Energize Your Employees
By Bob Levoy, O.D.
Energize Your Employees
Employees who feel invisible and unappreciated affect your practice.
"There is a crisis in business today: the invisible employee," say Adrian Gostick and Chester Elton, co-authors of "The Invisible Employee: Realizing the Hidden Potential in Everyone" (Wiley, 2006). Feeling overlooked, ignored and unappreciated, invisible employees do no more than is absolutely required of them and often grumble about their jobs, their boss or the practice itself — to anyone who will listen, including patients.
Invisible employee epidemic
An astounding 65% of Americans reported receiving no recognition for good work, according Tom Rath and Donald O. Clifton, Ph.D., co-authors of "How Full is Your Bucket? Positive Strategies for Work and Life" (Gallup Press, 2004).
The end result of having employees who feel invisible and unappreciated: low morale, productivity and practice profitability.
The sad thing, say Gostick and Elton, is that most managers have no idea about the unhealthy state of their workplaces or the real needs of the people who work there. One of the main reasons for this "blind spot" is the lack of staff feedback about their job-related needs and expectations.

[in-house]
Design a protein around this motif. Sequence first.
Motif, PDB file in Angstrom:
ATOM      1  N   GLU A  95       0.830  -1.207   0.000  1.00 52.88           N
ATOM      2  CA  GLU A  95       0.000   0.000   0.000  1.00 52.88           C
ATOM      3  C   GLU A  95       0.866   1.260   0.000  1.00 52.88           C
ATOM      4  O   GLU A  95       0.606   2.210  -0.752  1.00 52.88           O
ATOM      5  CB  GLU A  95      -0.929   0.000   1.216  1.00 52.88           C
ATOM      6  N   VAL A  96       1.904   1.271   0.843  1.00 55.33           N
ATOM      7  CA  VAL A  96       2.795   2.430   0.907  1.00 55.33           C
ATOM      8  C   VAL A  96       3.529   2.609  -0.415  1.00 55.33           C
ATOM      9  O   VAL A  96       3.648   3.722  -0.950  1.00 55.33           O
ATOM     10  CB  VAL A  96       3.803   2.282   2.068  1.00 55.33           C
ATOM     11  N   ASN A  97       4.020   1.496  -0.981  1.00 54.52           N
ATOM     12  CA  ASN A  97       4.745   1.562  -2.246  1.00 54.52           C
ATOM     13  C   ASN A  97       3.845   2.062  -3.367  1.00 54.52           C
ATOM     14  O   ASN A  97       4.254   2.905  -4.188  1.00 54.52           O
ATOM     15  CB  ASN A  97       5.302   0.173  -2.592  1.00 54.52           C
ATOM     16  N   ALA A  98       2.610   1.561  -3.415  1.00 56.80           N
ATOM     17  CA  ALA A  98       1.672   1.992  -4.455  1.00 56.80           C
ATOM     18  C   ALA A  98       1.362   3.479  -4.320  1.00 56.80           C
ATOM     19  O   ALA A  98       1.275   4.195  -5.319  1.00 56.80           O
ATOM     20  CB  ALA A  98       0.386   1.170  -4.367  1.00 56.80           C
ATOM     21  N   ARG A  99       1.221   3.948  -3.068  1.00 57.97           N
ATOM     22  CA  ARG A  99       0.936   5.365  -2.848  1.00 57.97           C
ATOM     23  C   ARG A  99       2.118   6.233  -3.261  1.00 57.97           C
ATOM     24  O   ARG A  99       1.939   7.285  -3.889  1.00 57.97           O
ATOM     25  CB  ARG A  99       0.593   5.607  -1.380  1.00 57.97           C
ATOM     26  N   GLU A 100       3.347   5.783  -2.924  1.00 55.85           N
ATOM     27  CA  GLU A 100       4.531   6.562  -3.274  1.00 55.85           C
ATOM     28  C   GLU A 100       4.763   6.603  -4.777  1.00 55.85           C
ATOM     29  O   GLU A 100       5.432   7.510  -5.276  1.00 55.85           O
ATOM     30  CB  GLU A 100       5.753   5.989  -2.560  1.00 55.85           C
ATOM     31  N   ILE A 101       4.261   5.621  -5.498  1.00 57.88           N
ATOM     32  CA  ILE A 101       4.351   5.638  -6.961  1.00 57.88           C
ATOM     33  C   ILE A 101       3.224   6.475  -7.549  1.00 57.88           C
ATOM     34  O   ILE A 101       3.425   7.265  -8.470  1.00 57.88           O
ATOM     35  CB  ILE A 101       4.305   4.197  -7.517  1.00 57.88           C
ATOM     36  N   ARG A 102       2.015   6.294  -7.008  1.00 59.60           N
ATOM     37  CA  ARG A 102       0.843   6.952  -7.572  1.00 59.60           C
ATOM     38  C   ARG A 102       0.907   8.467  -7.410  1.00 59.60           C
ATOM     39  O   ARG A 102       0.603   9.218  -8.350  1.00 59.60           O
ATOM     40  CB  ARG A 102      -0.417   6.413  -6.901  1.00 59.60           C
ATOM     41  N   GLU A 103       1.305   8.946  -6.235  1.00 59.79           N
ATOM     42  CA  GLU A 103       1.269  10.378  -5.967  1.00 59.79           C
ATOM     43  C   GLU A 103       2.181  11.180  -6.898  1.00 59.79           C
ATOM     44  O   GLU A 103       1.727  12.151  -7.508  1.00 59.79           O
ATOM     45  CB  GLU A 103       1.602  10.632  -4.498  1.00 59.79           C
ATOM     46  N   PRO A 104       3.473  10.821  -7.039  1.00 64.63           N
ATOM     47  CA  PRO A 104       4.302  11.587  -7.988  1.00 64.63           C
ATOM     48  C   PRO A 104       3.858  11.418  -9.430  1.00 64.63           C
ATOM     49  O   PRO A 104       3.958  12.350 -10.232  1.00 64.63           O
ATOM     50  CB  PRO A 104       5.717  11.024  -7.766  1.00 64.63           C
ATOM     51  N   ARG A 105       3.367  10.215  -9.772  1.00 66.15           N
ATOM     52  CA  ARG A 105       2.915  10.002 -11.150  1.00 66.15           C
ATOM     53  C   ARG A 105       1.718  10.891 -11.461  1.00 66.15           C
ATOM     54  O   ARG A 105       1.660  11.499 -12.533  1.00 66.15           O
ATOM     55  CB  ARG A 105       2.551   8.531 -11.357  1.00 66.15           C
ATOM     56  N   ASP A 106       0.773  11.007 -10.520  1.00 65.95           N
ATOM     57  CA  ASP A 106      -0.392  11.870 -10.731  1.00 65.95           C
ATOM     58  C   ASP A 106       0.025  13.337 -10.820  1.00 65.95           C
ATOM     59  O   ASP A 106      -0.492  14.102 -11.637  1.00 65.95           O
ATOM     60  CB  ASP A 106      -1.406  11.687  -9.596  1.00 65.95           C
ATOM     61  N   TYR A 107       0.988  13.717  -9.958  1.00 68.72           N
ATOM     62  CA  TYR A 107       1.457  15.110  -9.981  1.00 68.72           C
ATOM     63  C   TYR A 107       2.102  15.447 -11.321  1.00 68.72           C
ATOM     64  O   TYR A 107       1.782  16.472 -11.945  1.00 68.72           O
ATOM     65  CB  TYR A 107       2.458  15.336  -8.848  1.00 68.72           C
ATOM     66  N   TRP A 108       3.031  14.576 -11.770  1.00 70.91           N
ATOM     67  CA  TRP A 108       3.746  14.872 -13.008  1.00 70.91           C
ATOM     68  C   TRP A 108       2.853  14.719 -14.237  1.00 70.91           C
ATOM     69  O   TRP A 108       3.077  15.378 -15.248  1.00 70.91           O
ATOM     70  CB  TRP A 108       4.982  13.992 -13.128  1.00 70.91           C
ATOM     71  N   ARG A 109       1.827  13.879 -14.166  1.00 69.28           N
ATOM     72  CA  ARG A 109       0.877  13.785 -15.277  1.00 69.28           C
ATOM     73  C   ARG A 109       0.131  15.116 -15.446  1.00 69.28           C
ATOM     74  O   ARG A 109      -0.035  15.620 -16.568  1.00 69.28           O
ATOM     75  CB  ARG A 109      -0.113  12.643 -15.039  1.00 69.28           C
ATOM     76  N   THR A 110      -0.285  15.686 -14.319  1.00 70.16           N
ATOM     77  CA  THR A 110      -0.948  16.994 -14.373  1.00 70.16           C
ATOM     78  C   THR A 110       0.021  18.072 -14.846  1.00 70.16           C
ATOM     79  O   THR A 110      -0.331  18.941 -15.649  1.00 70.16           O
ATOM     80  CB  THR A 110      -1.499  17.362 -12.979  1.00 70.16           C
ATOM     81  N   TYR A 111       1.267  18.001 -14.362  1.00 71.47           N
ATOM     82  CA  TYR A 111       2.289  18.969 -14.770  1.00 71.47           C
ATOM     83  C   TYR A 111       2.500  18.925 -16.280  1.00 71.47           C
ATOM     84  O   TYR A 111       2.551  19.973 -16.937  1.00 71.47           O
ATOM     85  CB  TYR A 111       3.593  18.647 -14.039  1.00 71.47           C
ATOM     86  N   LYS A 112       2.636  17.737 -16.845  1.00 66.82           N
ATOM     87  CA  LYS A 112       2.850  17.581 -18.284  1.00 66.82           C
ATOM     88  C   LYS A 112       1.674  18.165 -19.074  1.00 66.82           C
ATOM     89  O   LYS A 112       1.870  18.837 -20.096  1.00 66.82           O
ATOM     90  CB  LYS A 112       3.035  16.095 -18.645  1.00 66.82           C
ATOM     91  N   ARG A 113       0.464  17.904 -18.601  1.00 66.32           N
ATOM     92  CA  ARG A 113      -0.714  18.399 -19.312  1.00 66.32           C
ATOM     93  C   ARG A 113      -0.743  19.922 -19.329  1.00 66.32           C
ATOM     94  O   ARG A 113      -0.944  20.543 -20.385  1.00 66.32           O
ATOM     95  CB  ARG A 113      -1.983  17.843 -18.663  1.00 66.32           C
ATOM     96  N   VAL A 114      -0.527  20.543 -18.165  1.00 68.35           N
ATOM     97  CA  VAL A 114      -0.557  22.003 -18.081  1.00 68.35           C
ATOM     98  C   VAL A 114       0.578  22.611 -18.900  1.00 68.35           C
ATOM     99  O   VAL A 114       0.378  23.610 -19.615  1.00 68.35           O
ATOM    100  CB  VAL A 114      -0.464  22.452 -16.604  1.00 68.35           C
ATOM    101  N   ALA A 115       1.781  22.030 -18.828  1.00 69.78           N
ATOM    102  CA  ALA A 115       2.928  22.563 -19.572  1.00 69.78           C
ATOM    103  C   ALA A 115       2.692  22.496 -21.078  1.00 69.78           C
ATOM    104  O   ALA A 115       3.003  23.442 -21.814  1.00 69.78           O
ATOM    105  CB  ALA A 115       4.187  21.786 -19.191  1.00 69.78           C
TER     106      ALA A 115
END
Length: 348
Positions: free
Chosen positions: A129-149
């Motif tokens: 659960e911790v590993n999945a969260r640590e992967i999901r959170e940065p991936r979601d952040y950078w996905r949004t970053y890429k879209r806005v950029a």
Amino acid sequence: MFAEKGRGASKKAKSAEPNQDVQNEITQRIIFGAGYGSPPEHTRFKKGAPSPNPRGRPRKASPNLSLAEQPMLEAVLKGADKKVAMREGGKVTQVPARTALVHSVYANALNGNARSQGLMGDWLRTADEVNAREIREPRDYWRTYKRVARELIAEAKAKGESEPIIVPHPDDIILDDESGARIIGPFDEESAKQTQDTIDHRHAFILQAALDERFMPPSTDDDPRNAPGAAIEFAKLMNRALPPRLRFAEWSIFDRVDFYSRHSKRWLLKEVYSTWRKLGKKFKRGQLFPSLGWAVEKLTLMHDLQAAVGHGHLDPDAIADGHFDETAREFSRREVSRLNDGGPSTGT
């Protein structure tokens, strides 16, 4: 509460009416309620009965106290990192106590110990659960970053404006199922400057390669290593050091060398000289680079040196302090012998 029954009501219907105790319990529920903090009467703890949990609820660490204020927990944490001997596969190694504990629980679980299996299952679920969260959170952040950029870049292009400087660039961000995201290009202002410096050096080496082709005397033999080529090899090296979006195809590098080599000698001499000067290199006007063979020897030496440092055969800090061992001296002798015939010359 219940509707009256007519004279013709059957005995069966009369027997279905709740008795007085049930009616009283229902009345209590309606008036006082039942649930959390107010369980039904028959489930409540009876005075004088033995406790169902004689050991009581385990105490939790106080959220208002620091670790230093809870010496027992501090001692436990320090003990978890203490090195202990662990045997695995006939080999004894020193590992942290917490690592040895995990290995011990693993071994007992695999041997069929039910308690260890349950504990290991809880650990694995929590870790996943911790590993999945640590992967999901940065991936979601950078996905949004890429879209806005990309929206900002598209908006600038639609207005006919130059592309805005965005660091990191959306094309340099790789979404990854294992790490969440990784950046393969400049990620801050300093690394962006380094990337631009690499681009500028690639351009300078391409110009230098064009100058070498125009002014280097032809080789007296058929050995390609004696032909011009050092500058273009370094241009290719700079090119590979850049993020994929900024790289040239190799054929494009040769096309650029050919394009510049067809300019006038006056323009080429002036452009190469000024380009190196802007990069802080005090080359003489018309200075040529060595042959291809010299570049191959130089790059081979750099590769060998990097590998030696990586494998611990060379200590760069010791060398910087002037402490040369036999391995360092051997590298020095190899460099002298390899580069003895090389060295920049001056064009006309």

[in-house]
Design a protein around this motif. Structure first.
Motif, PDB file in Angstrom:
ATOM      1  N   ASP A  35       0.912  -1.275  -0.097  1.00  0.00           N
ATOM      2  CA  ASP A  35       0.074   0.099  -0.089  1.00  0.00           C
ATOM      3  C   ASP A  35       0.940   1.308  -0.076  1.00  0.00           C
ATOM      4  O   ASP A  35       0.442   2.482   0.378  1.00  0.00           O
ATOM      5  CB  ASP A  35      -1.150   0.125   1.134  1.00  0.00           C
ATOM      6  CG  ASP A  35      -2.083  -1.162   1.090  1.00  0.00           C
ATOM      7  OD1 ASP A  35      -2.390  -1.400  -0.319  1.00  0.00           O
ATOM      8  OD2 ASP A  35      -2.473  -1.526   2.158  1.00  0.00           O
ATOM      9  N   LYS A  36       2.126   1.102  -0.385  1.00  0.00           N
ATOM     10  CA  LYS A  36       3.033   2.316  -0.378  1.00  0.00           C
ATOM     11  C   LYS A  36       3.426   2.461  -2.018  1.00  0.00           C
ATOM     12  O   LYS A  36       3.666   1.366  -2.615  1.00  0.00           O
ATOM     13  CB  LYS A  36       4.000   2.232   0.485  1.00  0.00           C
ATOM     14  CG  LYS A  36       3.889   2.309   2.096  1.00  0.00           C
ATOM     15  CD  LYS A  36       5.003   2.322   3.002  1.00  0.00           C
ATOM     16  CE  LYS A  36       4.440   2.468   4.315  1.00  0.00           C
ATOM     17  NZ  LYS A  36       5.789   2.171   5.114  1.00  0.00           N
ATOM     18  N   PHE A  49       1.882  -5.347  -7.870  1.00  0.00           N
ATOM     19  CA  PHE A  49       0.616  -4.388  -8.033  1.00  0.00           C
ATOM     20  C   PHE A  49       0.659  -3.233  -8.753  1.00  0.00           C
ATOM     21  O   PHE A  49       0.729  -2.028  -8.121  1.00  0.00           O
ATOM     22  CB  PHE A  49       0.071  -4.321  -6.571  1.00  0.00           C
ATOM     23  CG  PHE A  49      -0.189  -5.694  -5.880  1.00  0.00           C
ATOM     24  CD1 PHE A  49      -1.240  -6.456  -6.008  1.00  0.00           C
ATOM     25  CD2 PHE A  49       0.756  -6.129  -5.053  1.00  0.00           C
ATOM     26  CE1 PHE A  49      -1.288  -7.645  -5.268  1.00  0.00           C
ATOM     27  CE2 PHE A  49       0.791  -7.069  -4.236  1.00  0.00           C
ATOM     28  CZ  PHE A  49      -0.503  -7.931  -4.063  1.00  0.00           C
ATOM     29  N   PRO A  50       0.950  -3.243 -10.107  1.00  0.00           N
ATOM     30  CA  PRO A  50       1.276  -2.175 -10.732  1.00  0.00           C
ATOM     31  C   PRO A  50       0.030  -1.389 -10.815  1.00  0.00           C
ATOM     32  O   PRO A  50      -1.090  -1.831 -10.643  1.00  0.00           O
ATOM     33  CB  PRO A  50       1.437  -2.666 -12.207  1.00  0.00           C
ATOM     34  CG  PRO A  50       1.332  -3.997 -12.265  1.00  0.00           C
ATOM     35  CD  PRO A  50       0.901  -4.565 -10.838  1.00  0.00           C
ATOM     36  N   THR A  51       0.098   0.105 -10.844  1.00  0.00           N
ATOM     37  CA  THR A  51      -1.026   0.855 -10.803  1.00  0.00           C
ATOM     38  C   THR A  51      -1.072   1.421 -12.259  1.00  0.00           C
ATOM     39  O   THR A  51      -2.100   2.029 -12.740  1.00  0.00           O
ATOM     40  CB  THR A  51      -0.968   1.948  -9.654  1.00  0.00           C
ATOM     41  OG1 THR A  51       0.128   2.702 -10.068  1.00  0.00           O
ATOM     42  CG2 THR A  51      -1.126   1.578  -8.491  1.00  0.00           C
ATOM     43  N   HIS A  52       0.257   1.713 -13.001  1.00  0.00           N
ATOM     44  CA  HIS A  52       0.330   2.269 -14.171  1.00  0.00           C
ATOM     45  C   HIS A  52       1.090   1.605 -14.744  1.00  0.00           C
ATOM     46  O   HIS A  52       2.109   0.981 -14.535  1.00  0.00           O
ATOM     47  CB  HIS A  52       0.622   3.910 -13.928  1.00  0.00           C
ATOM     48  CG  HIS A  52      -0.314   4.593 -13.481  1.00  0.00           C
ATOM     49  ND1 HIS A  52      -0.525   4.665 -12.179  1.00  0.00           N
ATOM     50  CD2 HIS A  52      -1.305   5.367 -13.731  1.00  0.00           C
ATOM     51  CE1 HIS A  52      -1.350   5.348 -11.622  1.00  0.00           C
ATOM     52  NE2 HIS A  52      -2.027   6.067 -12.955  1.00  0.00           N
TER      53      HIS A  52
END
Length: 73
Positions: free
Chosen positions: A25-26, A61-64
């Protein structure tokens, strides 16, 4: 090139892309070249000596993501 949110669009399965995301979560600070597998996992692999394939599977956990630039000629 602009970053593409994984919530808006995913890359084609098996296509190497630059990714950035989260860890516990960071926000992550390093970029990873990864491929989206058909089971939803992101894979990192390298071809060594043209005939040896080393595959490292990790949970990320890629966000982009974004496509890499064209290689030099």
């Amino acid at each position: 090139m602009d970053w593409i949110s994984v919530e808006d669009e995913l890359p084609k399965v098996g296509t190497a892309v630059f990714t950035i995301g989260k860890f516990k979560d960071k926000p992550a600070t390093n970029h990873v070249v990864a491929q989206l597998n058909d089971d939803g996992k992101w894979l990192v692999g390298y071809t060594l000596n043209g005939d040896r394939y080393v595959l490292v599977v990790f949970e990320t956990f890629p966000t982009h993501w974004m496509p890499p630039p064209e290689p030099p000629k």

"And why is that [acknowledging the real needs of employees] important?" these authors ask. "Because people who feel appreciated, do what they do, better." It's that simple.
When is the last time you:
- thanked an employee at the end of the day for a job well done?
- gave a staff member a raise without being asked?
- had fresh flowers delivered to your staff following a hectic work-week?
- sent a fruit basket (or its equivalent) to an employee's home in appreciation of her extra efforts on the job?
- sent an e-mail or thank-you note to a staff member who went above-and-beyond the call of duty?
- celebrated the achievement of practice goals or the completion of special projects with plenty of public pats on the back?
- told your staff how important they are to your practice and how much you truly appreciate them?
" …Each of your employees wants to be seen, to be validated and recognized," say Gostick and Elton."
Think of someone on your team who deserves recognition for an above-and-beyond effort, and send a handwritten note of thanks to her home. Tie your message to a specific core value that is important to your team. Make it specific. Examples of core values: excellence, teamwork, service that exceeds patients' expectations, etc.
Explain exactly what the employee did that was outstanding and moved you closer to your practice goals.
I've seen such notes tacked on walls, pulled out of wallets, kept in a special place — and invariably, treasured. Why? Because recognition is so rare.
"Outstanding leaders," said Sam Walton, founder of Wal-Mart, "go out of their way to boost the self-esteem of their personnel. If people believe in themselves, it's amazing what they can accomplish."OM
|BOB LEVOY'S NEWEST BOOK "222 SECRETS OF HIRING, MANAGING AND RETAINING GREAT EMPLOYEES IN HEALTHCARE PRACTICES" WAS PUBLISHED BY JONES & BARTLETT PUBLISHERS. YOU CAN REACH HIM BY E-MAIL AT B.LEVOY@ATT.NET.|
Optometric Management, Issue: July 2007